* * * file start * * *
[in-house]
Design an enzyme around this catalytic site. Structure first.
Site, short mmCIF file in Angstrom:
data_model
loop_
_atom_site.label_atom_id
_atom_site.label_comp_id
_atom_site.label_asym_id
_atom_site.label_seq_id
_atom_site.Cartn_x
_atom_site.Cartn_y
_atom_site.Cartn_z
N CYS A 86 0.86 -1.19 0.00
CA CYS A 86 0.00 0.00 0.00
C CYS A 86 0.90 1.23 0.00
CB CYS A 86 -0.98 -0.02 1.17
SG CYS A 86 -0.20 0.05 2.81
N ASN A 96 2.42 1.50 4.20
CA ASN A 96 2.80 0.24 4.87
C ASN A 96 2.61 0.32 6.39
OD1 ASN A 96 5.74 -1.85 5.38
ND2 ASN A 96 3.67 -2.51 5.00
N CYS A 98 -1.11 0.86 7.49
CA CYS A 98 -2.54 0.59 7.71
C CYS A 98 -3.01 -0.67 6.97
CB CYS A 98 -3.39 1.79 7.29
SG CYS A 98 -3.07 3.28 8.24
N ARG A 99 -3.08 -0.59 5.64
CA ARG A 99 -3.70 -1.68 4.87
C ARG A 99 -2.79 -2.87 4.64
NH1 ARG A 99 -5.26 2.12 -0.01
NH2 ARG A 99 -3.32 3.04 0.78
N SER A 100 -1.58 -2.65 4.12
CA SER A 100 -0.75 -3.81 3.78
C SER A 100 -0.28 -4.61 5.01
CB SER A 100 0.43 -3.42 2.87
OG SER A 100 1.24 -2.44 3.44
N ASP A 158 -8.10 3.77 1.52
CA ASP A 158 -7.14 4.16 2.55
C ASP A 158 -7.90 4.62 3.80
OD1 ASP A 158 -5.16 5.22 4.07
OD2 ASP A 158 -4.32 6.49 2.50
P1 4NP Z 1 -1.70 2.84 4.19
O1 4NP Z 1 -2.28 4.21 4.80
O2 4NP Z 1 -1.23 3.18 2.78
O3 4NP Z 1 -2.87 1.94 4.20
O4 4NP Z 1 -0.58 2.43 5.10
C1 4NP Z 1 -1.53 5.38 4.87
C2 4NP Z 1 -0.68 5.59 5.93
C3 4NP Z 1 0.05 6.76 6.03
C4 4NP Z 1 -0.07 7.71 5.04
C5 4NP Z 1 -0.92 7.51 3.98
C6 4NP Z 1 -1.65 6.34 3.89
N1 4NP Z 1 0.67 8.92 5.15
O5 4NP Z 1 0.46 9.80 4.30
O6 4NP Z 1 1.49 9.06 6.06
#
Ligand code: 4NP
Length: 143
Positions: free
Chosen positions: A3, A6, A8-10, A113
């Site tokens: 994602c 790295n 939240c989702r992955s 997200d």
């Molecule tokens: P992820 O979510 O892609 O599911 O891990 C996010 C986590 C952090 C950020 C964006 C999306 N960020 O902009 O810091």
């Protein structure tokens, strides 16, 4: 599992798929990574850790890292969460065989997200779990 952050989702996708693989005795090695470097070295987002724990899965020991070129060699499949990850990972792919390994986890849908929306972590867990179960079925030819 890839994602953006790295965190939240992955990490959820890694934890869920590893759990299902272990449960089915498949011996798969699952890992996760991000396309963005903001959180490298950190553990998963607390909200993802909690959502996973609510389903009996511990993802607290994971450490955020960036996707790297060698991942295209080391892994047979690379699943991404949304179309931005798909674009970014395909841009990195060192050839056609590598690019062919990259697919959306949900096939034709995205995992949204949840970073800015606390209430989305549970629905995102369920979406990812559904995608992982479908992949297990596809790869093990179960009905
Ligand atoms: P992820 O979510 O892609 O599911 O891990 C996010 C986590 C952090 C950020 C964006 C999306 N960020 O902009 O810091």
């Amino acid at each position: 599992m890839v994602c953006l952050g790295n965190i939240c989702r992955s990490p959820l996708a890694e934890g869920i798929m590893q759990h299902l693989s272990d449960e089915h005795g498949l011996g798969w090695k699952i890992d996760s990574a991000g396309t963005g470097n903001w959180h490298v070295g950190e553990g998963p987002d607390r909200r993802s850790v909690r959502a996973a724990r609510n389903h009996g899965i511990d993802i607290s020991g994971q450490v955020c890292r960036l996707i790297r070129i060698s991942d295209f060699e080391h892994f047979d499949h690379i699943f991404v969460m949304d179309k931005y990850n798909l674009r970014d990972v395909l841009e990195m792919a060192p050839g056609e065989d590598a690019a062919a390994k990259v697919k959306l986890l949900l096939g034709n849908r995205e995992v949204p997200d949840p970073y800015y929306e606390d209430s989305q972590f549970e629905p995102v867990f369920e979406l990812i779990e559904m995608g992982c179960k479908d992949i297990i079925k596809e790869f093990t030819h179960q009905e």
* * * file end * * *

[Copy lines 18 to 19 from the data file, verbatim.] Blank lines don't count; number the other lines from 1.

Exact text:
N ASN A 96 2.42 1.50 4.20
CA ASN A 96 2.80 0.24 4.87